The Associated Press released its updated stylebook at a recent teleconference. The new style guide contains more than 200 revisions and updates from the previous edition.
The new guidance includes a section on “gender-neutral language.” Stylebook editor Paula Froke said the update “aims to treat people equally and is inclusive of people whose gender identity is not strictly male or female.” One example of the “inclusive” transformation that the AP seeks to visit on the English language is using “search” instead of “manhunt” when describing the pursuit of an at-large criminal.
I do not doubt that this change comes as a relief to the nation’s transgender fugitives, now freed from the specter of the masculine generic noun that had heretofore been used to describe their pursuit. I rejoice at their rhetorical liberation. This change nevertheless obscures, rather than clarifies, the object that both nouns are meant to describe. “Manhunt” is a precise descriptor of the attempt to find and detain a fugitive; “search,” by contrast, is ambiguous and insipid, a small window into the sterile world of “inclusive” English that the AP proposes to usher in.
Another change in the guidelines concerns press coverage of extramarital affairs. The AP enjoins writers to avoid using the “archaic and sexist term ‘mistress,’” preferring instead “an alternative like companion or lover.”
Perhaps this change should not bother me – it’s only the AP stylebook — but it does. The status quo apparently vexed the AP enough to impel the change in the first place. I suspect that the AP and I are both motivated by the sense that what one calls a woman who participates in a protracted extramarital affair matters, and that it has downstream effects in the culture. There is, after all, a great chasm between “mistress” and “companion” in terms of what they imply about the woman engaged in the affair. The former has lurid and scandalous connotations, while the latter might describe a beloved household pet. It is worth examining whether “mistress” is a “sexist” and “archaic” term, as the AP insists.
The word, I admit, is “gendered,” as the sociologists would say: A man cannot, by definition, be a mistress. If the AP means to say that there is a dearth of similarly opprobrious terms for male adulterers, they’re right. If it would satisfy the egalitarians at the Associated Press, I would heartily endorse resurrecting “philanderer,” “lecher,” or some other contemptuous term to describe the man who betrays his wife and family by sleeping with . . . his mistress.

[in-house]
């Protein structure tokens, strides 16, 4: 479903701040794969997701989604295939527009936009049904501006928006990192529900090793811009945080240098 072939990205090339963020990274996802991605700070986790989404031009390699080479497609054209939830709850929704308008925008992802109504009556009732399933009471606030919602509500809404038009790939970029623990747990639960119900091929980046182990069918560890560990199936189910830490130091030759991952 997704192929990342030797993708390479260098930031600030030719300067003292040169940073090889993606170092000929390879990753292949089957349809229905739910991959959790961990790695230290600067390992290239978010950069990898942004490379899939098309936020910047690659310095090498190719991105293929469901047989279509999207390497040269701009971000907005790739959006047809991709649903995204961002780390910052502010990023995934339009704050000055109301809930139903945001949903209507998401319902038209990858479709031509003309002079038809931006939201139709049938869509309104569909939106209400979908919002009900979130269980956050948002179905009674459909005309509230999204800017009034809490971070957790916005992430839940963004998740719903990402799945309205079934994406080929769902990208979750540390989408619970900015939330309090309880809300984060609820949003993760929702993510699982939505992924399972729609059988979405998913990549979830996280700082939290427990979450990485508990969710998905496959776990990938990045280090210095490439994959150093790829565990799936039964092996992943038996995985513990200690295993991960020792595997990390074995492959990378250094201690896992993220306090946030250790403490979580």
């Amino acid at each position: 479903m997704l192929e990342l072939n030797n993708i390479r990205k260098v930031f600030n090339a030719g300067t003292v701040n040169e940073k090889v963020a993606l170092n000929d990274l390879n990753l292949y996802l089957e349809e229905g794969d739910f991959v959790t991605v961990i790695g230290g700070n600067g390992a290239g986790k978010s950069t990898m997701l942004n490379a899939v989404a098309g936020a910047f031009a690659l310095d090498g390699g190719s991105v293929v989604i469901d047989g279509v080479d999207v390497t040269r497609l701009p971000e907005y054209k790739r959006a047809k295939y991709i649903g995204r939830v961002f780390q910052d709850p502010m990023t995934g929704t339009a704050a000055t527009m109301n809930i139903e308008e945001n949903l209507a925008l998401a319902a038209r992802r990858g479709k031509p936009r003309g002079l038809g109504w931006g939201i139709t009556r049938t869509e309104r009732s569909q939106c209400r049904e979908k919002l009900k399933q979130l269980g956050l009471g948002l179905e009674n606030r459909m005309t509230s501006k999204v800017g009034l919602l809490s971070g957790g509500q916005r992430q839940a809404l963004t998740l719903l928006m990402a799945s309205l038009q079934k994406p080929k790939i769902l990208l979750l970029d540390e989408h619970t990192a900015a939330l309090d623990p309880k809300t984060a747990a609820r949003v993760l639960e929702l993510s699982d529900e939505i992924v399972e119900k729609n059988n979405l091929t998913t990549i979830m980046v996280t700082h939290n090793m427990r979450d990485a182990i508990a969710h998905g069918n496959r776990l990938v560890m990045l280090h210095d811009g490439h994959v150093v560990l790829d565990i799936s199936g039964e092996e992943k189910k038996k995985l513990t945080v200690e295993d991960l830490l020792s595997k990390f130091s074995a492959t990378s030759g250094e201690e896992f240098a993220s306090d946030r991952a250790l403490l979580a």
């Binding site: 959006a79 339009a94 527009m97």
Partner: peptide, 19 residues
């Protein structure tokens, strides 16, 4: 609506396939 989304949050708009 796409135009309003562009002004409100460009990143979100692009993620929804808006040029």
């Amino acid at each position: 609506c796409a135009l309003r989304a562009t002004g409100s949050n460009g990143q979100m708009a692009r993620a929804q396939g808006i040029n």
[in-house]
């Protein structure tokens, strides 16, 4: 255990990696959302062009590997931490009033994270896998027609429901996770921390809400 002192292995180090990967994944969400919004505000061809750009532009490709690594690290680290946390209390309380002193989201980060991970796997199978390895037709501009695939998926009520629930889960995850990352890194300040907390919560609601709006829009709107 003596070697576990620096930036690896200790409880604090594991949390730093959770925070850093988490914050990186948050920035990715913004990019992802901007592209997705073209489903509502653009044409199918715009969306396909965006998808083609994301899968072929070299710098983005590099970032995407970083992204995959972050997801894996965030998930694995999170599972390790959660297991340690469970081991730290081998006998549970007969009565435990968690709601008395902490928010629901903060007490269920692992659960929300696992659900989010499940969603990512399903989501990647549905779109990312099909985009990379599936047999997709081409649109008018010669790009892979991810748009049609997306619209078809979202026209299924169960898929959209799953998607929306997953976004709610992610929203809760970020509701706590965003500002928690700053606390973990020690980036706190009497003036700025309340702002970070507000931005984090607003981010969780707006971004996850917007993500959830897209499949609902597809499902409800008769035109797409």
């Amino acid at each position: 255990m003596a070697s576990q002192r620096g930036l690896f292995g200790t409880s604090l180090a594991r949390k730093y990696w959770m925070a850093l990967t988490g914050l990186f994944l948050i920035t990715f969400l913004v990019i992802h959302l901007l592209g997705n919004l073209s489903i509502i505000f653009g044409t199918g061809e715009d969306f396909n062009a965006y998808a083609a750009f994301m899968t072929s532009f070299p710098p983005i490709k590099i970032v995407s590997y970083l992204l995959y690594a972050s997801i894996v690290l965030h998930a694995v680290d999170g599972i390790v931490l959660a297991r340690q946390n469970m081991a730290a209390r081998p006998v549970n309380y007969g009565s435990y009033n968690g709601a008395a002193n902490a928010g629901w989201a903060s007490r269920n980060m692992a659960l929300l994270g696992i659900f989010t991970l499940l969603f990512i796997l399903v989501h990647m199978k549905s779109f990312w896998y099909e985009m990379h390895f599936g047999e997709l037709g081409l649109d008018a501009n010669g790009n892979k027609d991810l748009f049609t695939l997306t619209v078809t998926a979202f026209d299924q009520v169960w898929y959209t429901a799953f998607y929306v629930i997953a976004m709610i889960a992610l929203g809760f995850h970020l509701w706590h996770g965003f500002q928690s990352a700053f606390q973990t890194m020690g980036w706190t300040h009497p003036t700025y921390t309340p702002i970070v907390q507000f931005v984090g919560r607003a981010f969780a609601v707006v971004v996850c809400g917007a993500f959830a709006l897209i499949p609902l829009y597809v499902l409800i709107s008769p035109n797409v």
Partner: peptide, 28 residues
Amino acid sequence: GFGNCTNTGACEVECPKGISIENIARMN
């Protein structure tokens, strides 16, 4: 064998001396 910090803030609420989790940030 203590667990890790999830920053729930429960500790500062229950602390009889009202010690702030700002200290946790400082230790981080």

The question of contempt, however, is the central one. The AP guidance claims that “mistress” is an “archaic” term. But how it is archaic? Certainly not in the sense that it has fallen out of popular use — the word is used regularly in the press and public vernacular alike, which, one suspects, is precisely why the AP was so eager to proscribe its use. The AP deems the word “archaic,” then, in a moral sense. It is “judgy.” It bears what the British philosopher John Gray called “the implication of judgment.” If adultery is no different from any other consensual sexual arrangement and is but one legitimate lifestyle choice among many, as the AP seems to imply, why use a term such as “mistress” when “companion” or a similarly nonjudgmental noun exists?
We should insist on using “mistress,” whether or not it’s fashionable to do so, precisely because we ought to reject the AP’s indifferentist assessment of adultery. On a popular level, the AP is swimming upstream — In a 2019 Gallup poll, 89 percent of Americans described extramarital affairs as “morally wrong.” Adultery has obvious and pernicious cultural effects, too: Affairs can ruin marriages, upend children’s lives, and send shockwaves through local communities. Infidelity is a deeply antisocial behavior, and society has an interest — and I would say a right — to use language to stigmatize and disincentivize such behavior. One hopes that a regime of forgiveness would abound, and I am not proposing to cast the proverbial first stone at someone who has fallen into infidelity or otherwise cheated on a spouse. Language nevertheless reflects our values, and if the Associated Press is comfortable using “mistress” and “companion” interchangeably, one cannot help but question the merits of theirs.